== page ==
As any server farm scales out, it becomes increasingly difficult to Watch All The Things™. I’ve been watching the progress of LogStash+ElasticSearch+Kibana (also known as an ELK stack) for a while and gave it a go this weekend. The trick for me was wanting to run each element inside of a separate Docker container so that I have easily portable elements to scale out with.
A step back. What is Docker? Docker is a container (using LXC) around an application. In short, you install Docker, start a container using a base image (CentOS, Ubuntu, etc.) and then run the container, dropping you into a shell. From here, you configure your application, then save your container. You can stop and start it at any time, relocate it to another server, or generally break it as badly as you want and you’ve done absolutely nothing to your host machine.
ElasticSearch is a data store and search tool for data. It will serve as the place for our logs. LogStash is a log parser. It understands what the source format is and has many output formats (including ElasticSearch). Kibana is a data visualization tool for searching your data store and drawing graphs to help see what’s going on.
Installing Docker was easy. My target is a CentOS 6 minimal VirtualBox and EPEL has docker-io RPM’s, so this is a simple matter of yum -y install docker-io. Starting the service (service docker start) gets things up and going.
Next step was to download a base image to use. I’m a fan of CentOS, so I use “docker pull centos” as root to fetch the base image. I can confirm it’s there by running “docker images”. Last thing to do is get that base image running.
There is a great tutorial to getting all this stuff together, which I loosely followed but had to adapt to running things within Docker.
The docker run syntax is a bit more complicated than the rest, but after some trial and error, I settled on “docker run -t -i -name elasticsearch -p 9200:9200 centos /bin/bash” to establish my container for elasticsearch.
From my docker container bash prompt, I was able to install the RPMs java-1.7.0-openjdk and elasticsearch RPMs, then start elasticsearch (service elasticsearch start). I get a warning about being unable to change the ulimit on open files. I’ve ignored that one for now and put it on my list of things to look at later. I’m chalking it up to docker limiting exactly what I can change from within my container (EDIT: Looks like I’m not the only one).
Last thing I did was make sure ElasticSearch was really running by using the curl command in the tutorial: “curl ‘http://localhost:9200/_search?pretty'” to verify things were good to go.
Normally, installing and running LogStash is just as easy as ElasticSearch, but moving it to a Docker container proved a bit of a challenge. The first thing I ran into was that Docker containers, by default, cannot talk to each other. To solve that, you have to link them. I kicked off a “docker run -t -i -name logstash -link elasticsearch:es -p 9000:9000 centos /bin/bash” and that got me to the bash prompt.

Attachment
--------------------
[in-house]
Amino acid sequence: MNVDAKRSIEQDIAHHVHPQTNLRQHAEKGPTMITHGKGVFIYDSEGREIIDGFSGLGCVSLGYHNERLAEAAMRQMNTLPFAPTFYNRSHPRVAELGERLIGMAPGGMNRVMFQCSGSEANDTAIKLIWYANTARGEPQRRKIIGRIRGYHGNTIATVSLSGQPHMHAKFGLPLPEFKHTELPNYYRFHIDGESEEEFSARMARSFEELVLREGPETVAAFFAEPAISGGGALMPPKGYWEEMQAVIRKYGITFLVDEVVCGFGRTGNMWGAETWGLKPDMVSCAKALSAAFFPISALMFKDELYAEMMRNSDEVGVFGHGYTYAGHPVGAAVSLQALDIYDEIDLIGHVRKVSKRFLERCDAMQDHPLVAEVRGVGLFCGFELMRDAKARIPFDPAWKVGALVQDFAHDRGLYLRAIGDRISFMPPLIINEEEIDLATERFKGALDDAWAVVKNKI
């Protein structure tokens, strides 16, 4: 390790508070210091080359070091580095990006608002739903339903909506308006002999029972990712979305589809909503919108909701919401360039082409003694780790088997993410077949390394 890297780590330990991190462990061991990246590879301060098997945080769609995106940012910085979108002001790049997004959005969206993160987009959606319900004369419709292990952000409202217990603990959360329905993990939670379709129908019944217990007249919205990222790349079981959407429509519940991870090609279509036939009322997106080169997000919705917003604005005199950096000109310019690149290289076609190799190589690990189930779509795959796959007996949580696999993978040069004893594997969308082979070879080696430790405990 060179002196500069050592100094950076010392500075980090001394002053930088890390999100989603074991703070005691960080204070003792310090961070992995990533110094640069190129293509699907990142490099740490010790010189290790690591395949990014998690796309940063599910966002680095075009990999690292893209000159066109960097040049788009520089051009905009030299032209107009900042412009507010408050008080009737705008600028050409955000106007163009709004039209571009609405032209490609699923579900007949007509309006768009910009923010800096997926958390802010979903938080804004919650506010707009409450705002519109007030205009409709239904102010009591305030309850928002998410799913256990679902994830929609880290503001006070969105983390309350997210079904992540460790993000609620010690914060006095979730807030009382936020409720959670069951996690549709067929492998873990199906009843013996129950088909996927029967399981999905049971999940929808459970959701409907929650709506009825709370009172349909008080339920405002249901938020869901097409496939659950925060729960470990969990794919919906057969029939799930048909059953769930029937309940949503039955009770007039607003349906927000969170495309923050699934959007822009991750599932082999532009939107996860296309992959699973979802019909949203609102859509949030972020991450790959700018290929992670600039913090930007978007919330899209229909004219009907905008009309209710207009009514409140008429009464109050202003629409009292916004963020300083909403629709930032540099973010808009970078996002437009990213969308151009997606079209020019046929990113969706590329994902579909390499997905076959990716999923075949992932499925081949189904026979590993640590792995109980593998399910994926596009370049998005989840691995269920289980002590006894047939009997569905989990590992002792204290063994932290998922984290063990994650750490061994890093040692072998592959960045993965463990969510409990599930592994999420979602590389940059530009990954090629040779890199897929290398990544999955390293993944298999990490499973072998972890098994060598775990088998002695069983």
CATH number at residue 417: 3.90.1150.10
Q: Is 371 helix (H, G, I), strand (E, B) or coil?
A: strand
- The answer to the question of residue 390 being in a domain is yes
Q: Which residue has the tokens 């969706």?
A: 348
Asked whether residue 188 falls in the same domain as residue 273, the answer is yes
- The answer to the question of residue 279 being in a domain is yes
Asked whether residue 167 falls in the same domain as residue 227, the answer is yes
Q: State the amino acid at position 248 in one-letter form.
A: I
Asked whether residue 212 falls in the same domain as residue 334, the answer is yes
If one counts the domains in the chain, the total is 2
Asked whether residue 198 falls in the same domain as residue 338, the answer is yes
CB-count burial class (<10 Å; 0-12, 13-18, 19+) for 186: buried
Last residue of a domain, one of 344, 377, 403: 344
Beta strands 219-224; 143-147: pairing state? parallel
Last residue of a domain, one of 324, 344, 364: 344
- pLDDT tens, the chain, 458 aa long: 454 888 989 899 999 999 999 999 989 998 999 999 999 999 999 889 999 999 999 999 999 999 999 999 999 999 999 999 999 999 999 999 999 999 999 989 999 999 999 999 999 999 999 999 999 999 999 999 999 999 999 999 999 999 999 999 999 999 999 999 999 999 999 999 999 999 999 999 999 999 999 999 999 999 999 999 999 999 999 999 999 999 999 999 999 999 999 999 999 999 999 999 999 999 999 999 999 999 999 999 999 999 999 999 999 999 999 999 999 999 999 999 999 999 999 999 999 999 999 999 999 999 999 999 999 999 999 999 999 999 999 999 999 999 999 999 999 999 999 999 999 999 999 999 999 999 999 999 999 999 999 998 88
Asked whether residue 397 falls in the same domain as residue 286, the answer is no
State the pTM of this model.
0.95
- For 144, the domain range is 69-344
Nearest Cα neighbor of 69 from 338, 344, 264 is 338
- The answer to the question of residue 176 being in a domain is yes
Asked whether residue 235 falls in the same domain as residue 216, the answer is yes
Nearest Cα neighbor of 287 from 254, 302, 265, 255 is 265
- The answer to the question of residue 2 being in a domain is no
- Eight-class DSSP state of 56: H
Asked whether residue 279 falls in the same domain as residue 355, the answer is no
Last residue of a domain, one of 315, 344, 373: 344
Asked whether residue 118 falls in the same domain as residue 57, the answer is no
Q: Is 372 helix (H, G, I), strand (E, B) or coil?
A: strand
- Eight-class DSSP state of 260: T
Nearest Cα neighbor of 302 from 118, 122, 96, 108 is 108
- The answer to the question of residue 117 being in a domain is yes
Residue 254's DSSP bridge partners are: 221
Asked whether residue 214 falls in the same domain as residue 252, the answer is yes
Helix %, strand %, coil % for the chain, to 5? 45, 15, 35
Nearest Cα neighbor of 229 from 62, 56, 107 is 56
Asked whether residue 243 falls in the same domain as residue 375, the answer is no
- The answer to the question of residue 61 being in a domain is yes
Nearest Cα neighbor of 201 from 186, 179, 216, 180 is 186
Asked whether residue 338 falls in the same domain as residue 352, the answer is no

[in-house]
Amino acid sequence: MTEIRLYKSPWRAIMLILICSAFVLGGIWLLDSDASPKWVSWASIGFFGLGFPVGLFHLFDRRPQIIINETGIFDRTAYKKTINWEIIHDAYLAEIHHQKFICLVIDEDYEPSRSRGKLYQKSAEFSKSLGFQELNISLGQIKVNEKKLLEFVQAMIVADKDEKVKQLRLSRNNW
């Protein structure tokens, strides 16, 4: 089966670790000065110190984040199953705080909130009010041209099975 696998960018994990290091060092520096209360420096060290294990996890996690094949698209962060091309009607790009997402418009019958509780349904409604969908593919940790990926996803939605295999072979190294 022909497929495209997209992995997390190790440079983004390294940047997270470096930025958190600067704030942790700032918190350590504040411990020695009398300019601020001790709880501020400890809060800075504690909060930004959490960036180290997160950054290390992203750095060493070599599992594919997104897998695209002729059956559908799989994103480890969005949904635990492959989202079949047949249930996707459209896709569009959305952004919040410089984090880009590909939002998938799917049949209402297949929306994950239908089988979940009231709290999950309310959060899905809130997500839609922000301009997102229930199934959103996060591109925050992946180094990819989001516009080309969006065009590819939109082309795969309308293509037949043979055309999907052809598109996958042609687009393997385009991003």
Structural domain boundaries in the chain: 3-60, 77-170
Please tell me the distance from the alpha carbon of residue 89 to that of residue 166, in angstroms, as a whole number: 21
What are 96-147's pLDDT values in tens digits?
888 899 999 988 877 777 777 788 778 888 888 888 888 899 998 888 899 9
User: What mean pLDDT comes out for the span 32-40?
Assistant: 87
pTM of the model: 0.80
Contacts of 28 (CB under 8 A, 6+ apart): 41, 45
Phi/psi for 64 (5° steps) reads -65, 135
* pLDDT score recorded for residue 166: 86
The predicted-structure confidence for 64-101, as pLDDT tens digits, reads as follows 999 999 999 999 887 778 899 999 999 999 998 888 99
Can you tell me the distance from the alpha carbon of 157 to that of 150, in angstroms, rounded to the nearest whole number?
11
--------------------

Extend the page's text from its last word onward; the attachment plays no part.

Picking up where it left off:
I installed the java-1.7.0-openjdk and logstash RPMs and used the cookbook guide to set up a syslog collector listening on port 9000 (note: this was my arbitrary port selection). It’s pointing the ElasticSearch destination to my other container which you can get with an environment variable (use env to find what’s populated by using -link in Docker). With that process running, I used another dev VM and reconfigured rsyslog to point its data to my new collector. Upon bouncing rsyslog, the stdout on my logstash process showed instant results of data being accumulated.
Re-running the curl for my ElasticSearch container got me data structures that showed my logging events. In a production scenario, I would probably update Puppet to make this configuration across an entire farm.
The last big piece of this puzzle is to get the Kibana 3 dashboard up and going. A new container (docker run -t -i -p 80:80 -name kibana3 centos /bin/bash) gets me my bash prompt. After that, I installed httpd and then extracted the tgz into the /var/www/html directory.
After starting httpd, I was able to hit my Kibana3 container from a browser. Kibana actually reaches from your browser out to the ElasticSearch container directly.
Kibana is going to take a while to absorb, but I was able to figure out some basics such as picking data to view, using filters and setting up a basic graph.
Where To Go From Here?
My next steps are going to be rewriting what I have done by hand into a handful of Dockerfile examples. These are files that define what a docker container is and has. One of the caveats to using docker is that you only run one command, and in my case, that’s typically /bin/bash, I have to actually start the services. A Dockerfile will let me configure what is running without having to constantly start the service if I restart the container.
After that, I need to dig into how ElasticSearch stores its data. Docker isn’t a persistent data store without calling a commit on it. Docker does provide a method for exporting data from a container to its host server, which would make it persistent and easily consumed by a backup process. Unfortunately, that then ties the host with the container, making it much more difficult to move the container around. There is a different pattern in the docker community that establishes a link between a service and its data, loosely called a data-only container. I think it will still take some digging to find what’s best in this scenario.
The last thing I can foresee is wanting to limit access ElasticSearch access by HTTP realm or IP restrictions.